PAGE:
The next scene takes us one month later, on the day of Blanche’s birthday.

However, although it seems as it will be a happy day, it turns out another way.

Stanley reveals to Stella that he has learned about Stella’s past. She lost the inheritance, moved to a motel from which she was evicted because of her sexual indiscretions, and was fired from her job at the school because she seduced a student.

As the “party” begins and Stanley’s friend never comes, we realize that Stanley has told these things to him as well, and so does Blanche, when Stanley indicates that he knows about her past.

His cruelty does not stop there, though.

He gives her a bus ticket (one-way) back to her town.

This seems to be the last drop in the glass for Stella, and she gets mad, but Stella is pregnant, and about to give birth, so the labor prevents her from fighting with Stanley.

Several hours pass and Blanche is already drunk. The guy she was dating arrives, also drunk, and tells her that he could never imagine a future with her since she is not whom he imagined her to be.

However, he tries to have sex with her, since he sees her as easy, but she pushes him away yelling “fire” to get the attention of the people that pass on the street.

After he leaves, Stanley arrives.

He, happy because of the baby, tries to make her celebrate, but she does not want to.

As she tries to pass him, he gets violent, and things escalate that far that he takes her to the bedroom and rapes her.

A Streetcar Named Desire Epilogue

Several weeks later, Stella packs her sister’s bags, while Stanley plays cards with his friends and Blanche is in the bathroom.

We find out that very soon, a doctor is to take her to an asylum, thinking she is insane, but Blanche believes that she will be leaving with her lover.

Stella could not believe the story that her husband raped her.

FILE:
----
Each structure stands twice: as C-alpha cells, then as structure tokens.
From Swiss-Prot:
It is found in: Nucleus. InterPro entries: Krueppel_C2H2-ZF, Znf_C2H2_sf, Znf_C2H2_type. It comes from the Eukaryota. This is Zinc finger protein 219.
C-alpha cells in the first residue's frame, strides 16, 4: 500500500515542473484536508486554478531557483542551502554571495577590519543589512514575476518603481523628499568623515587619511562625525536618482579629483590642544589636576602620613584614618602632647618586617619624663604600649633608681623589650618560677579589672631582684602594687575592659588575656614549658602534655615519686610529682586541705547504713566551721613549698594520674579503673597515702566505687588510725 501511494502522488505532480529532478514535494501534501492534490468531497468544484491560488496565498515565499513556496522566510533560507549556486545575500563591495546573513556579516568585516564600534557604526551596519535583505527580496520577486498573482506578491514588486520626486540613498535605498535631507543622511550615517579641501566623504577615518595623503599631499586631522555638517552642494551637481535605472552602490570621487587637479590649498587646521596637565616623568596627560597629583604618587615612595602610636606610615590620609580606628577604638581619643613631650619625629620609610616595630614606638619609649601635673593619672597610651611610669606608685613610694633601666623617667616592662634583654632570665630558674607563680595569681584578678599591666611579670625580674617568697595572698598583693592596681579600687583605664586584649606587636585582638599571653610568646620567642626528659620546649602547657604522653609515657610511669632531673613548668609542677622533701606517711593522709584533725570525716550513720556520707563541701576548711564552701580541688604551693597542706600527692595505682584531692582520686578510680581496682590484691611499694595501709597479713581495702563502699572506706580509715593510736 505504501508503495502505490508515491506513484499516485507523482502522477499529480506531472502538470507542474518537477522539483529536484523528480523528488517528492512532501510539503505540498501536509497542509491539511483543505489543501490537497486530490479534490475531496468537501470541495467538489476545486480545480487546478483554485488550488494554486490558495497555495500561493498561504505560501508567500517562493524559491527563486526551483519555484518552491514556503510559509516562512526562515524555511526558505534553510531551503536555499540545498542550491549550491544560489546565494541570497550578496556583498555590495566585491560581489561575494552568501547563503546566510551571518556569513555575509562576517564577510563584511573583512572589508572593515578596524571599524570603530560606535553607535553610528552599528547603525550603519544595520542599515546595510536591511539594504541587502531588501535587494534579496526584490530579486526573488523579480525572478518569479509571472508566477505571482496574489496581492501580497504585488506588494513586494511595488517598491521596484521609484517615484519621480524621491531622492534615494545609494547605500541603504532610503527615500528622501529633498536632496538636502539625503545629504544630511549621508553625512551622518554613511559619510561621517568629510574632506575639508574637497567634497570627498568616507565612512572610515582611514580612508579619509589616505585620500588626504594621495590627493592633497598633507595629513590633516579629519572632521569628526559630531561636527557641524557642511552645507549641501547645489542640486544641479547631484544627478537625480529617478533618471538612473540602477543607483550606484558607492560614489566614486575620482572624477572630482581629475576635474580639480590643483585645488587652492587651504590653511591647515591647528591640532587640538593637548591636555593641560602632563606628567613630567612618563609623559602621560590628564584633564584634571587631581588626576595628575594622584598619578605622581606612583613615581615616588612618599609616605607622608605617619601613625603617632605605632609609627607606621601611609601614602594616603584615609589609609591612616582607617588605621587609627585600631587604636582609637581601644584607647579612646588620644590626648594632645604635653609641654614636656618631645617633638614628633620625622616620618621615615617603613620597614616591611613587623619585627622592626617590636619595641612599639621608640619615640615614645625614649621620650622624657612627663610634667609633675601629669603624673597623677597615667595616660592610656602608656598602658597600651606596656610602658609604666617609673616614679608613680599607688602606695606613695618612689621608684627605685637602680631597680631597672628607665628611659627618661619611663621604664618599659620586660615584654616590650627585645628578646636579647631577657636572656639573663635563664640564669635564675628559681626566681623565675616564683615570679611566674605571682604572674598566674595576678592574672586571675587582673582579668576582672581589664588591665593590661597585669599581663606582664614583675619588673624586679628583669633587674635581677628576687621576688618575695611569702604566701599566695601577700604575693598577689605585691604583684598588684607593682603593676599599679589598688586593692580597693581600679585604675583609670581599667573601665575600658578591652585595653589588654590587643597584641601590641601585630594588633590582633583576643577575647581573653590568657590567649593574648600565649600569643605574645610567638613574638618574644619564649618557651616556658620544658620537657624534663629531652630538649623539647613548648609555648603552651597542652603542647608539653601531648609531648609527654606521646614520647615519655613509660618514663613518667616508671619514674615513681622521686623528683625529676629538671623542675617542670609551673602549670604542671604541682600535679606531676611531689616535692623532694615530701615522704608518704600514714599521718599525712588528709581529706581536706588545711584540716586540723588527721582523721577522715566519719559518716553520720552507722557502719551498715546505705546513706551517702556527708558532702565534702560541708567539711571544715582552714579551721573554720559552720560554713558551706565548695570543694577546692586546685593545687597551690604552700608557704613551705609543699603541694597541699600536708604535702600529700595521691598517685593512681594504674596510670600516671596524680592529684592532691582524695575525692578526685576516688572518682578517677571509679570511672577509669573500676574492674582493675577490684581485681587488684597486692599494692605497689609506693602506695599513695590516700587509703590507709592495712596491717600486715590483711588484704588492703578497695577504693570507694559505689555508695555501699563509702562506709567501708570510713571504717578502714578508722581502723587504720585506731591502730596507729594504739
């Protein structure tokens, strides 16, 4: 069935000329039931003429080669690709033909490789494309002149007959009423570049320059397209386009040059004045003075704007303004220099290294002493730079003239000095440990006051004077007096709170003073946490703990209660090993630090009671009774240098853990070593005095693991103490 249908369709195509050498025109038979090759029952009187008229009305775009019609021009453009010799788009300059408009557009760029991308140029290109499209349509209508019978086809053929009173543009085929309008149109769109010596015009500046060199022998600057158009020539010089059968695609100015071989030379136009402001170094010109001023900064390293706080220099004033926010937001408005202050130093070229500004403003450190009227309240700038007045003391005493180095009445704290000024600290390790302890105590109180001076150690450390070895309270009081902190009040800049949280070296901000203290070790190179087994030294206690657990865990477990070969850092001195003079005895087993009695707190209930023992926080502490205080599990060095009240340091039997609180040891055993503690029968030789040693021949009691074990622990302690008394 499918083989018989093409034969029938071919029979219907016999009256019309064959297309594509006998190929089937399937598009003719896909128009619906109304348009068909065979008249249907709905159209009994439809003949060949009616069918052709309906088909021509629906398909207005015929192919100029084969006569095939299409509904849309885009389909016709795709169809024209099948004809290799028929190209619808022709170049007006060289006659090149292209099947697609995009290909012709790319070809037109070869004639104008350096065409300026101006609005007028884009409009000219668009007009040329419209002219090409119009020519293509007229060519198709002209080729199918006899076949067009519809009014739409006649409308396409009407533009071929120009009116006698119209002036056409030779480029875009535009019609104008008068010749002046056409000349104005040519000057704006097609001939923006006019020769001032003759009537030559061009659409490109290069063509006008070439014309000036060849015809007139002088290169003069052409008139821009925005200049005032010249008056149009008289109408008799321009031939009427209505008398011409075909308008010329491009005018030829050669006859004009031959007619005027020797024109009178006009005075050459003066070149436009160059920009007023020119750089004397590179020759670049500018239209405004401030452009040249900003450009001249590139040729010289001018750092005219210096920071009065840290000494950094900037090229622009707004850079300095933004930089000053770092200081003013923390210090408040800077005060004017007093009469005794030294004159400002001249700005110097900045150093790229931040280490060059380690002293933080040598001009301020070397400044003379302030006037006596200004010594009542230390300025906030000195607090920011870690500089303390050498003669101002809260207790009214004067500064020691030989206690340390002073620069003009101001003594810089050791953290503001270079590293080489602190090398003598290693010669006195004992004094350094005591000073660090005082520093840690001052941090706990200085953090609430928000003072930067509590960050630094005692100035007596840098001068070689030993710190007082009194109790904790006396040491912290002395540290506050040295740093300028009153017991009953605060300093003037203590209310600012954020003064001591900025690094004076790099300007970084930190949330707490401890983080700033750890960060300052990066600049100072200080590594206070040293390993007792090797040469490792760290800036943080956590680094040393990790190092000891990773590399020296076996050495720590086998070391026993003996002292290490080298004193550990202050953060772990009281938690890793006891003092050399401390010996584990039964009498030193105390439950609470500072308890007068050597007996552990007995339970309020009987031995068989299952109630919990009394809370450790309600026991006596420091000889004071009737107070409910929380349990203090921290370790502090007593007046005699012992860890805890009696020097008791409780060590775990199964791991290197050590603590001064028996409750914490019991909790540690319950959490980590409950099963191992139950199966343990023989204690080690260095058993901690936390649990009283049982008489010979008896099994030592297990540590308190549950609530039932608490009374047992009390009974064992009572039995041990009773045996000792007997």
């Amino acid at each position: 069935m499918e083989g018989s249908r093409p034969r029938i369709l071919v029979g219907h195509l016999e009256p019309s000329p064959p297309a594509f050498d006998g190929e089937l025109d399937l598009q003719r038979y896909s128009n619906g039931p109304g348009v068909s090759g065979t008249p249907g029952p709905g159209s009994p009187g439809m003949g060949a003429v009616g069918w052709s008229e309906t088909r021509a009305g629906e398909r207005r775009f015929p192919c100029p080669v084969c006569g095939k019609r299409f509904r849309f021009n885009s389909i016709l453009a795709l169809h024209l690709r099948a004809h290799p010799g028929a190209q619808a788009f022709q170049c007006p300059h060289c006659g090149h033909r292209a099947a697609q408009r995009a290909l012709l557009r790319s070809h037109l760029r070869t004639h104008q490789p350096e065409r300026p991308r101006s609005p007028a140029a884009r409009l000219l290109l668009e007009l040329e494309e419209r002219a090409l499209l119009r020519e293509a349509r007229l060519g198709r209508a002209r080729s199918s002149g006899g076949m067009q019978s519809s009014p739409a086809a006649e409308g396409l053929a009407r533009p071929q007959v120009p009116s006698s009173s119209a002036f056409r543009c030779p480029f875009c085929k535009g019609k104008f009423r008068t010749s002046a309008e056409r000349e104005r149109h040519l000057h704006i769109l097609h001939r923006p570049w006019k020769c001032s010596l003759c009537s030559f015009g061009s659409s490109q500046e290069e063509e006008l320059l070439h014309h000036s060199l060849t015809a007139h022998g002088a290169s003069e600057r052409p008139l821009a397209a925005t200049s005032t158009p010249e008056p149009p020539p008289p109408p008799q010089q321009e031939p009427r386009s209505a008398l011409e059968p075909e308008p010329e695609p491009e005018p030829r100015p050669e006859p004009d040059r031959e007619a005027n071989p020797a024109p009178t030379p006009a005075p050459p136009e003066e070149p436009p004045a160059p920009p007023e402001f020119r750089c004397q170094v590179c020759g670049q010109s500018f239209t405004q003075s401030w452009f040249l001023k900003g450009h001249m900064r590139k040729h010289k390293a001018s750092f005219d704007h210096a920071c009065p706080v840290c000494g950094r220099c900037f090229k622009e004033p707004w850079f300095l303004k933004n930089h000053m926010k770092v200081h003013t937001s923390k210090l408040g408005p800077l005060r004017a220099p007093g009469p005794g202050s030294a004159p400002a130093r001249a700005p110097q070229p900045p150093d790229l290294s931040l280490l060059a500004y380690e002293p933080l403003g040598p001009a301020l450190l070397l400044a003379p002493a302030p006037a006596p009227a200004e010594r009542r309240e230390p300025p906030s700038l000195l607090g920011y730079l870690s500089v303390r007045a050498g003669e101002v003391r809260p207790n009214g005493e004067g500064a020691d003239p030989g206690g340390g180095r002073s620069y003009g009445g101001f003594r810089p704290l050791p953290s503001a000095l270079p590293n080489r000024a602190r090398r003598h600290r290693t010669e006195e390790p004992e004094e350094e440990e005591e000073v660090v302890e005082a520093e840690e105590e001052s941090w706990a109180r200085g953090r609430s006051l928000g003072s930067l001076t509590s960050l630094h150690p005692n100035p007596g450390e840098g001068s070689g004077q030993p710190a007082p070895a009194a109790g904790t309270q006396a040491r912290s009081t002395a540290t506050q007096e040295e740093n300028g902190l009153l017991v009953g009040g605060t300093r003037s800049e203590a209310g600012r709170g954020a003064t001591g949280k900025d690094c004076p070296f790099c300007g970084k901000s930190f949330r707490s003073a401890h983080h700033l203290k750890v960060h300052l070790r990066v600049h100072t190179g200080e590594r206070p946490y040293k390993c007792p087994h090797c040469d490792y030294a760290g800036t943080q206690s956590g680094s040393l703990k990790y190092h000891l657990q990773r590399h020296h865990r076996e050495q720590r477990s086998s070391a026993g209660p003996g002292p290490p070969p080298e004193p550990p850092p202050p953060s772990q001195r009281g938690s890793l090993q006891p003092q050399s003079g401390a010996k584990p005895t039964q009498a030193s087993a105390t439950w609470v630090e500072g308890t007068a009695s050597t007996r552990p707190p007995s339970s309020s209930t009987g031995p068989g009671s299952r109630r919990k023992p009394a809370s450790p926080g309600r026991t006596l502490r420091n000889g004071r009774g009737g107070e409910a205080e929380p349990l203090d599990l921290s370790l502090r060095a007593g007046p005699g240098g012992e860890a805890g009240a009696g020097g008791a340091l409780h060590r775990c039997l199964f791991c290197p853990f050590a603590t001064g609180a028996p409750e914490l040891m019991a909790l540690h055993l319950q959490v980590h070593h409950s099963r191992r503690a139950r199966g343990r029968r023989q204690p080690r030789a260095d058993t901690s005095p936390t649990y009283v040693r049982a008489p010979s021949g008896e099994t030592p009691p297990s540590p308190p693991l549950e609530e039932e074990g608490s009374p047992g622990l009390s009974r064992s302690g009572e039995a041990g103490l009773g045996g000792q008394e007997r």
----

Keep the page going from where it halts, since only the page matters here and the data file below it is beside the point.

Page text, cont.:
Soon, the doctor arrives, and Blanche gets out of the bathroom, and the verbalization of her thoughts make us realize that she has indeed lost her mind.

At first, she fights back not wanting to leave, but then when the doctor approaches her gently, she agrees to it.

As she leaves, Stella cries holding her child in her hands, while Stanley comforts her, uttering loving words.

What an ending!

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“A Streetcar Named Desire PDF Quotes”

What is straight? A line can be straight, or a street, but the human heart, oh, no, it's curved like a road through mountains. Click To Tweet I have always depended on the kindness of strangers. Click To Tweet I don't want realism. I want magic! Click To Tweet Oh, you can't describe someone you're in love with! Click To Tweet Show me a person who hasn´t known any sorrow and I´ll show you a superficial. Click To Tweet

Our Critical Review

I, as a Brando fan, have always loved this movie! So, you can just imagine how overjoyed I was when I finally read the play.

Usually, I do not find plays interesting, but oh boy, has this one hooked me in completely!

I warmly recommend it.

And, if you really, really, really hate reading plays, then at least watch the movie. Trust me; you won’t regret.